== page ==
When I was a head footbasll coach many years ago, the bench press was considered one of the "red badges of courage" for a football player on the high school level. That is, his strength was associated the amount of weight that he could bench. For me, I always felt bad for the guy with long arms. On the other hand, the short-armed guy could rep and rep. Some coaches even made players begin the lift with the bar near his chest. That made no sense to me, and, honestly, still makes no sense to me.
Reading about OSU's Michael Adams' 16 reps@225 at the Pro Combine, I read where some people were really concerned about his few amount of reps. Last Friday at OSU's Pro Day, he did 21 reps@225. Some people were still concerned. For those of you familiar with Adams, he is tall and long. Really athletic and uses his feet well. He has a good punch and plays with power. Thank goodness, some scouts realize the same thing. If Adams can get all of his ducks in a row, despite the bench press, he should represent himself well in the Pro Draft.
A few years ago, and I forget the defensive end's name, Ohio State had a player set the bench press record. He was not drafted and never made it through an NFL summer camp. I am not being critical of him, but showing that the "bench' is not that great of a predictor of a player's ability to be a solid football player at any level.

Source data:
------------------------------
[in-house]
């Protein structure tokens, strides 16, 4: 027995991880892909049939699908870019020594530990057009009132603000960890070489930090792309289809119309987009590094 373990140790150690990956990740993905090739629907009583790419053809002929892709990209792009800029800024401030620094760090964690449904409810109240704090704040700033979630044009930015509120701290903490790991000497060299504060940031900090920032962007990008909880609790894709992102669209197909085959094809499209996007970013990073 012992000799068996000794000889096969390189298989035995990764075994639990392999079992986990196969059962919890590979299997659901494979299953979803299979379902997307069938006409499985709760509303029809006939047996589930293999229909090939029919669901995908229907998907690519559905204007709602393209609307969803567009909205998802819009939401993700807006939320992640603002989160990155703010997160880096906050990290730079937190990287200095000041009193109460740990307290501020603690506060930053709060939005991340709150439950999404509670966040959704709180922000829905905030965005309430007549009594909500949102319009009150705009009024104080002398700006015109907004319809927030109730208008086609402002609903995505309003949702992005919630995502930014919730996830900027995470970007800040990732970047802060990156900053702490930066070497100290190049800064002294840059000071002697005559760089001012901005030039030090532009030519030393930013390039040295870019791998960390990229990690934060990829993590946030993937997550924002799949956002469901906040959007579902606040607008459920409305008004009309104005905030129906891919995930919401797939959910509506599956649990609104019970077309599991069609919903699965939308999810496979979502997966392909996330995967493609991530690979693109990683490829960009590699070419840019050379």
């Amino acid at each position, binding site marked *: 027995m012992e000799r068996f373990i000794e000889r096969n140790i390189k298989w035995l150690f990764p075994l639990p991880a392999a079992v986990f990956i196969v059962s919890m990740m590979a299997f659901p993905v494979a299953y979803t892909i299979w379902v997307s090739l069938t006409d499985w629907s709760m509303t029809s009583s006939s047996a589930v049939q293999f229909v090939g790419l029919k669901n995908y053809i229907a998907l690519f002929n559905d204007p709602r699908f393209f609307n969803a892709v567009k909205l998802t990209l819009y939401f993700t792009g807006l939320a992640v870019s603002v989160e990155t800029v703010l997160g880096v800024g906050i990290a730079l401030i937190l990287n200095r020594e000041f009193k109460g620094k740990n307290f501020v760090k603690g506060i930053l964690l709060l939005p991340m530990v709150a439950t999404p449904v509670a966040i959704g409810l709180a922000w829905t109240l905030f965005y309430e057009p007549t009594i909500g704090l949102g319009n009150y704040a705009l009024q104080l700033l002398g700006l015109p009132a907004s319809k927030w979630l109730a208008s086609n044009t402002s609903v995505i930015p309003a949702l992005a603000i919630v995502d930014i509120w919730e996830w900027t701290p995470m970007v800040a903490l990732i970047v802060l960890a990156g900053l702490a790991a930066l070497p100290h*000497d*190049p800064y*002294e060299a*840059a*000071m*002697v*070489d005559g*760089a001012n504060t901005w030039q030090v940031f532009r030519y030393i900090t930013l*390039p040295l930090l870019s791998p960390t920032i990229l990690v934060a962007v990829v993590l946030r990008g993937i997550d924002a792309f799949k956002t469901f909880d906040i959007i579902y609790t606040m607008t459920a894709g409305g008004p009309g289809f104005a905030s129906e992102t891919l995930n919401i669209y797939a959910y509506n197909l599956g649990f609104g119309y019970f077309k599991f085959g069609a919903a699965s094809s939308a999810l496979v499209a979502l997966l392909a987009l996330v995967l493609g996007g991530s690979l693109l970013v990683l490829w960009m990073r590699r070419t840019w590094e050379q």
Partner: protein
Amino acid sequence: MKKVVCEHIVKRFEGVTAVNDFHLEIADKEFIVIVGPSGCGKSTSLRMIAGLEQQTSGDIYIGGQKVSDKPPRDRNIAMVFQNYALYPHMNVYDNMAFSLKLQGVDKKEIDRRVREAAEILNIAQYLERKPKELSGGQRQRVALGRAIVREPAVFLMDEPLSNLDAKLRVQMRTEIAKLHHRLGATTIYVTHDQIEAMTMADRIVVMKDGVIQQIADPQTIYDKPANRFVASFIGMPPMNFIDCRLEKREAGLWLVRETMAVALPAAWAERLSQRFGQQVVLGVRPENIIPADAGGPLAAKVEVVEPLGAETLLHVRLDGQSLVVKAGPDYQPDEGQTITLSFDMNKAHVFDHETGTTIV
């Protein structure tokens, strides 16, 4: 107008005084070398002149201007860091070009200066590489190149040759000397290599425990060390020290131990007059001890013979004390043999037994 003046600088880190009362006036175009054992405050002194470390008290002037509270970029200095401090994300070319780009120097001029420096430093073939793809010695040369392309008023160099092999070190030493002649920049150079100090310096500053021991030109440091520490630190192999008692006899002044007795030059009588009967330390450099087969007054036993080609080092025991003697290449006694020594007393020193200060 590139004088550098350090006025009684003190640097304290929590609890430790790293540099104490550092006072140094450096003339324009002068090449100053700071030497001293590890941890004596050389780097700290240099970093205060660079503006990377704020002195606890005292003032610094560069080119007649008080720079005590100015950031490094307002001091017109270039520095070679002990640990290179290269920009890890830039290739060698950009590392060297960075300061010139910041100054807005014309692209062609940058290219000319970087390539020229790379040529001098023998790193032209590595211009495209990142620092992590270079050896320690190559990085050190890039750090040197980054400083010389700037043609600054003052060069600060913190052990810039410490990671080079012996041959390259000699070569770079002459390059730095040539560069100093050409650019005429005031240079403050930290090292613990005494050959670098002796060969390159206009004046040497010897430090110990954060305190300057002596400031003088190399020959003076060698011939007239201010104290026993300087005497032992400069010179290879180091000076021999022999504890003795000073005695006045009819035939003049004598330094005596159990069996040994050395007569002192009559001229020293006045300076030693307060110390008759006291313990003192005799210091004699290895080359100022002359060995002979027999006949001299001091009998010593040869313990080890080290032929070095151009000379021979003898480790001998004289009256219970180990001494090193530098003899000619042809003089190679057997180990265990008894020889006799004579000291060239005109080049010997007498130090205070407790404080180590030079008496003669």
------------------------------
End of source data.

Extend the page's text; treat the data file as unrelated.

With the spread offenses, players must be able to move their feet. Simply, they have to able to run and change direction. More than just the ability to run, somewhow young players must devlop a "burst." Of course, that is on both sides of the ball. The name of the game is speed. Few high school teams run double tights with a wing anymore.
Speed and a burst is essential, and strong chest muscles help improve speed. Doing the bench press will help develop chest muscles. but try not get caught up in the number of reps a player can bench. Make sure that he can run, change direction, and have a burst. Let the football media make an issue with the bench press. It gives them something to write.
As for Michael Adams, he will be okay. As for the those long, tall offensive high school linemen, keep working on your bench strength, but keep those feet moving and the hips getting stronger and more flexible. Ask recent O-Sate committ, Taylor Decker